A Murderous Procession
by Ariana Franklin
Reviewed by Susan Gillmor
Fourth in the Adelia Aguilar mystery series, A Murderous Procession leaves several bodies in its wake as it travels from England to deliver King Henry’s daughter Joanna to Palermo and her marriage to the king of Sicily. Henry manipulates Adelia (again) to leave her young daughter in England as she treks across the continent as Joanna’s attending physician. Adelia refuses to believe the troubles and deaths that assail their cavalcade are part of a plot by an unknown enemy to isolate and wreak revenge on Adelia herself.
Readers, though, are privy early on to the sick thoughts of the man whose “hatred of the woman Adelia is infinite.” She had killed his “joy, his life, his love, his mate, his Wolf,” the brutal antagonist of a previous episode. But though we know her tormentor is part of the procession, his identity is not revealed until the tale's shocking end. The intricate plot unfolds slowly as Adelia watches the clues accumulate: “the death of a horse, the theft of her cross, the murder of two innocent people.” Finally, she faces the reality that someone “wanted to destroy her, had inflicted the persona of ‘witch’ upon her.” The villain uses as his kindling the religious intolerance creeping across the landscape of Europe.
The procession becomes a fascinating portrait of the ethnic and religious diversity of medieval Europe. Adelia is endangered by consorting with Cathars, considered dangerous heretics by the Roman Church. Rescued from burning at the stake, she finds sanctuary with the Catalans on the borderlands of Spain. Her party at last arrives in Palermo and “the sheer heterogeneity of the city . . . soothed the souls . . . who’d seen what intolerance could do.” Adelia revels in “the noise of four different languages” and the “clash of violent colors” in a city that holds fond memories from her childhood.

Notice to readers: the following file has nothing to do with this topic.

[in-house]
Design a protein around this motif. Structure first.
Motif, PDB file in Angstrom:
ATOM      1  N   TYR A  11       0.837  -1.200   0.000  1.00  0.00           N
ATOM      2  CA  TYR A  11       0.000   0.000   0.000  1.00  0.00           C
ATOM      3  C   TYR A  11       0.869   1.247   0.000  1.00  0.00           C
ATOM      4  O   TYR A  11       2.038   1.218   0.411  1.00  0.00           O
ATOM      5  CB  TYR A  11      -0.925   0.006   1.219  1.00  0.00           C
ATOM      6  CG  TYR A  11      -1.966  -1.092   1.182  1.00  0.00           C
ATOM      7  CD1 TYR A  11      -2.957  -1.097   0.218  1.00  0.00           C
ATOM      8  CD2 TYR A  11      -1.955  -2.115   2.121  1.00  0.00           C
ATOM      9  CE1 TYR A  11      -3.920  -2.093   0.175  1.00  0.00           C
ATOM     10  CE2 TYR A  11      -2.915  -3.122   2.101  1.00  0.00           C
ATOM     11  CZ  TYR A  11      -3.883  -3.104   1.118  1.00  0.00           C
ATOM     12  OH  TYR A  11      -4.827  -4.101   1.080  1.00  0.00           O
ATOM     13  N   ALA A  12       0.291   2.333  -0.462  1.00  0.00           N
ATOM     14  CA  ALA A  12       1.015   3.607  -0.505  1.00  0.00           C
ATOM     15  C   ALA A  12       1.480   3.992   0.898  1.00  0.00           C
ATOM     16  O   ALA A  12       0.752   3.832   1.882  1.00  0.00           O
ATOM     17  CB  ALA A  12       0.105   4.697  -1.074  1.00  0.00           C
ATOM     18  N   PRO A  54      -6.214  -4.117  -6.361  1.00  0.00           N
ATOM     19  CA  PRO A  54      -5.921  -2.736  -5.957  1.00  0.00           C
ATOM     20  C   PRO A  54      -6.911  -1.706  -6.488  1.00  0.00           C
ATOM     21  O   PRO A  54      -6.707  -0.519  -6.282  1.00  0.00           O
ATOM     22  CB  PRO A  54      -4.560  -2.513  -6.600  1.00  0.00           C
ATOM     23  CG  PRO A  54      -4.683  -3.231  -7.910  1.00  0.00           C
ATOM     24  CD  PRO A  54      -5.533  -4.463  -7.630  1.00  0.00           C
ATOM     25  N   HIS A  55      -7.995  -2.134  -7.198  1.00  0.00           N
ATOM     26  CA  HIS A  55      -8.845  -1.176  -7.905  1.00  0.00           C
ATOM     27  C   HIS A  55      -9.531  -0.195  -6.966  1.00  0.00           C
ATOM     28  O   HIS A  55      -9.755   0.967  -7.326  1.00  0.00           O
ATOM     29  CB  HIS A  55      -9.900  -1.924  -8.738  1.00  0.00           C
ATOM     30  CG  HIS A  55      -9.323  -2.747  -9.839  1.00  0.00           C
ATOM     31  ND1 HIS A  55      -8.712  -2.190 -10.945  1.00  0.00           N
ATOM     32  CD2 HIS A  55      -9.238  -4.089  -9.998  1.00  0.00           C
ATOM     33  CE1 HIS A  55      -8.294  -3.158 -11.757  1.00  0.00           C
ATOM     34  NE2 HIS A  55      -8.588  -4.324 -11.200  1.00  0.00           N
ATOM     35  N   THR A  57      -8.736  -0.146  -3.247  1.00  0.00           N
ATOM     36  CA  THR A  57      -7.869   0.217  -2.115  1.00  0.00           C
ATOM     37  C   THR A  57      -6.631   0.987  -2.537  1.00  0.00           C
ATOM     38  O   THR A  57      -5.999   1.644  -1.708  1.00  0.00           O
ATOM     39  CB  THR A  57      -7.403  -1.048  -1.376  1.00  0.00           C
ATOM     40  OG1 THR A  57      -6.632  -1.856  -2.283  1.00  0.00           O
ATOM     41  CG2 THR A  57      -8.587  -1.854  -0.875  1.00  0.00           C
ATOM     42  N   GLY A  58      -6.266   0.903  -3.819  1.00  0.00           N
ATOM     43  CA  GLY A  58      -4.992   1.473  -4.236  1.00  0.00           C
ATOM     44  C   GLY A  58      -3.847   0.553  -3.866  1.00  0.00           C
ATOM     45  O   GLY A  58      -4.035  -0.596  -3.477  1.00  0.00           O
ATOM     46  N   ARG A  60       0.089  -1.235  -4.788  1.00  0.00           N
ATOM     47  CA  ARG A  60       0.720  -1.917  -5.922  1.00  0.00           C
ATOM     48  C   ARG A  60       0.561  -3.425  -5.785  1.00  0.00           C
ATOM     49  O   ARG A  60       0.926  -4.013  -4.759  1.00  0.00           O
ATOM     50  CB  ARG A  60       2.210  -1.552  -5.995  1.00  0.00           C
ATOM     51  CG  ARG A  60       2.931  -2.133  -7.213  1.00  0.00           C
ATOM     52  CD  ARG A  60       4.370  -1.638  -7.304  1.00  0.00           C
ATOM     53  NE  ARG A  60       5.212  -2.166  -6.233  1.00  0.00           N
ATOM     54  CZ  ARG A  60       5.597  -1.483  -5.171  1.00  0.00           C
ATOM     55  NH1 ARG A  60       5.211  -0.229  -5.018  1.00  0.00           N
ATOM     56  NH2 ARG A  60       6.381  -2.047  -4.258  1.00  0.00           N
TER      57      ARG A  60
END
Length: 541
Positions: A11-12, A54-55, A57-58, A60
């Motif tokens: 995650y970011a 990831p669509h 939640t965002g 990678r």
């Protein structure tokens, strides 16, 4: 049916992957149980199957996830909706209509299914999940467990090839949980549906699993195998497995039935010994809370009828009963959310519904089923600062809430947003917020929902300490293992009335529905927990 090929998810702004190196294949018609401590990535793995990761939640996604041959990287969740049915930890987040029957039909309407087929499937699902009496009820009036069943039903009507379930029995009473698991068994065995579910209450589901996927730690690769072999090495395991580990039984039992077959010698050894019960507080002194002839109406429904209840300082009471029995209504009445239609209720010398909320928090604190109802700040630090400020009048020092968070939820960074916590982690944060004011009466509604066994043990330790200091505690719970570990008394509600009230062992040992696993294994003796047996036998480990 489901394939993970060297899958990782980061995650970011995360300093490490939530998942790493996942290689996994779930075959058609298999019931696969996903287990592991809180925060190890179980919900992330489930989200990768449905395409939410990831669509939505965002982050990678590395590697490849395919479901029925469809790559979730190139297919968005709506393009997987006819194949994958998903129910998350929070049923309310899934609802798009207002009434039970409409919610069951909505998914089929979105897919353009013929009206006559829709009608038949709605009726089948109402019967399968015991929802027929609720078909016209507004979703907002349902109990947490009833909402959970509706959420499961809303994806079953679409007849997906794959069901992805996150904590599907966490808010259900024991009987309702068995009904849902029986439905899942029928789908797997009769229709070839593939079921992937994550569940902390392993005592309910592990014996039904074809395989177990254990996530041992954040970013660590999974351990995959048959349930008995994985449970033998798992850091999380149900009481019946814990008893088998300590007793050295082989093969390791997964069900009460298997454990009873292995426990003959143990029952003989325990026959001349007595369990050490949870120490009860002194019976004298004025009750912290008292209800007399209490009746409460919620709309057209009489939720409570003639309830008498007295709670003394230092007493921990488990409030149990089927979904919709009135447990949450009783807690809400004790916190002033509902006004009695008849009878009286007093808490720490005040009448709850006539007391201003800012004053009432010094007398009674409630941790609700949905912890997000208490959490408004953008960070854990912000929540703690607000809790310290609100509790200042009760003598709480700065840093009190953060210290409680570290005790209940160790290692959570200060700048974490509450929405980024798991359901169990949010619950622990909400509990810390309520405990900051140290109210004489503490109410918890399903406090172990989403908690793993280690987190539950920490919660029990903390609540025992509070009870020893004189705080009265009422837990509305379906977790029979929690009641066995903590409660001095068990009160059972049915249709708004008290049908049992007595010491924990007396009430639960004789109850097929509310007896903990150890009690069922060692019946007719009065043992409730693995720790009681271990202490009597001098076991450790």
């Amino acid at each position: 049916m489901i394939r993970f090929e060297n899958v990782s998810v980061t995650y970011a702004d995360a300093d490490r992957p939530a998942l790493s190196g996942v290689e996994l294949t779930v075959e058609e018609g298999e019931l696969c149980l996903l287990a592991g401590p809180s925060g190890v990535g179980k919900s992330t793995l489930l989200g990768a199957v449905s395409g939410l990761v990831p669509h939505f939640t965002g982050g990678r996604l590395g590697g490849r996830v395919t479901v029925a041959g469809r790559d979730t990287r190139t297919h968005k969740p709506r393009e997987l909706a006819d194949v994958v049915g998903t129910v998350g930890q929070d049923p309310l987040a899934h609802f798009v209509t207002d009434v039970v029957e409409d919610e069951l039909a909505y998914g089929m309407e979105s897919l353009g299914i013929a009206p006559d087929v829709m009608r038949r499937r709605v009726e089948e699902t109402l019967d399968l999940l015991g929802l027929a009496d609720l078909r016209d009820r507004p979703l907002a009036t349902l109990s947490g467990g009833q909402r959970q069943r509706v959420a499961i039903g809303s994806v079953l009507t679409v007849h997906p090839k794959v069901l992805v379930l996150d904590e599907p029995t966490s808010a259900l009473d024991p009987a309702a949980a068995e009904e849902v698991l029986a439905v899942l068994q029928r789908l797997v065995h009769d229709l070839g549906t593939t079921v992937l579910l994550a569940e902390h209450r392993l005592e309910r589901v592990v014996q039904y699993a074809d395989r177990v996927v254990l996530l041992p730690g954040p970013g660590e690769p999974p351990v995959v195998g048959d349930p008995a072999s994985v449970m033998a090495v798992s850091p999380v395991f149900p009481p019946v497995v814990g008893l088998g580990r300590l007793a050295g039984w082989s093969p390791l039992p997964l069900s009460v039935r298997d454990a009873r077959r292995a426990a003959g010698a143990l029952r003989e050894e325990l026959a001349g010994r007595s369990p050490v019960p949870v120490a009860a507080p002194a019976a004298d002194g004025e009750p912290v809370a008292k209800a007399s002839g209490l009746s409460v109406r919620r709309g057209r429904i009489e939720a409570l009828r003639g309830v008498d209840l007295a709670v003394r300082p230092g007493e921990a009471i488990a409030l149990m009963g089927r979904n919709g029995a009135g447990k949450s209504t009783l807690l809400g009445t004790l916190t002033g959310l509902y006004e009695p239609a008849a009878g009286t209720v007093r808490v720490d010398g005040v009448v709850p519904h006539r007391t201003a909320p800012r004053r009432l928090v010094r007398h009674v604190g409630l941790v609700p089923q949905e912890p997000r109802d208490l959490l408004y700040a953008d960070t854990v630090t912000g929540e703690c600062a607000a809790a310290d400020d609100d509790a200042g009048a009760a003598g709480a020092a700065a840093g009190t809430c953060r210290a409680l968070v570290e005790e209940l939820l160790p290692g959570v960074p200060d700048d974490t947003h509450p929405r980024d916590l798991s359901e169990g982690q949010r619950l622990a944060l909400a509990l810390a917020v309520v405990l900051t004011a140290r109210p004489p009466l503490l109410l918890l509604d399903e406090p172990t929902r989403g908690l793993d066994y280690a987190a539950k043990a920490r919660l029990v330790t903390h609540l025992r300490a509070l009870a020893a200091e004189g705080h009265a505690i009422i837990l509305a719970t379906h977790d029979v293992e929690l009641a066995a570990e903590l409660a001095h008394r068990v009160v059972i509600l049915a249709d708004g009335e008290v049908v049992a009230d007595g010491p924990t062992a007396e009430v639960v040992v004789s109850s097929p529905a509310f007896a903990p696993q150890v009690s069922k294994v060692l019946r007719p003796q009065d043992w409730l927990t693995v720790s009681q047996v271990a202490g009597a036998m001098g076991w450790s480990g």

A Murderous Procession is a well-wrought mystery and a thoroughly satisfying continuation of Adelia Aguilar’s story. (2010; 337 pages, including Author’s Notes separating fact from fiction)
More about A Murderous Procession at Powell's Books or Amazon.com (also titled The Assassin's Prayer.)
Other mysteries involving medieval travelers:
Hangman Blind by Cassandra Clark (2008), about a abbess who sets out to find a location for her religious establishment and finds a mystery connected to a group of corpses at a gibbet. More info
The Templar's Penance by Michael Jecks (2003), about a pair of medieval sleuths called on to solve a murder mystery while they are on pilgrimage to Santiago de Compostela; #15 in the Knights Templar mystery series. More info
A Stolen Tongue by Sheri Holman (1997), a mystery involving disappearing relics and a fifteenth-century monk's pilgrimage to Alexandria. More info
Nonfiction about medieval heresies:
The Devil's World: Heresy and Society, 1100-1300 by Andrew Roach (2003). More info
Medieval Heresy: Popular Movements from the Gregorian Reform to the Reformation by Malcolm Lambert (1977). More info
Heresies of the High Middle Ages by Walter L. Wakefield (1969). More info
Joan of England, Queen of Sicily at Wikipedia
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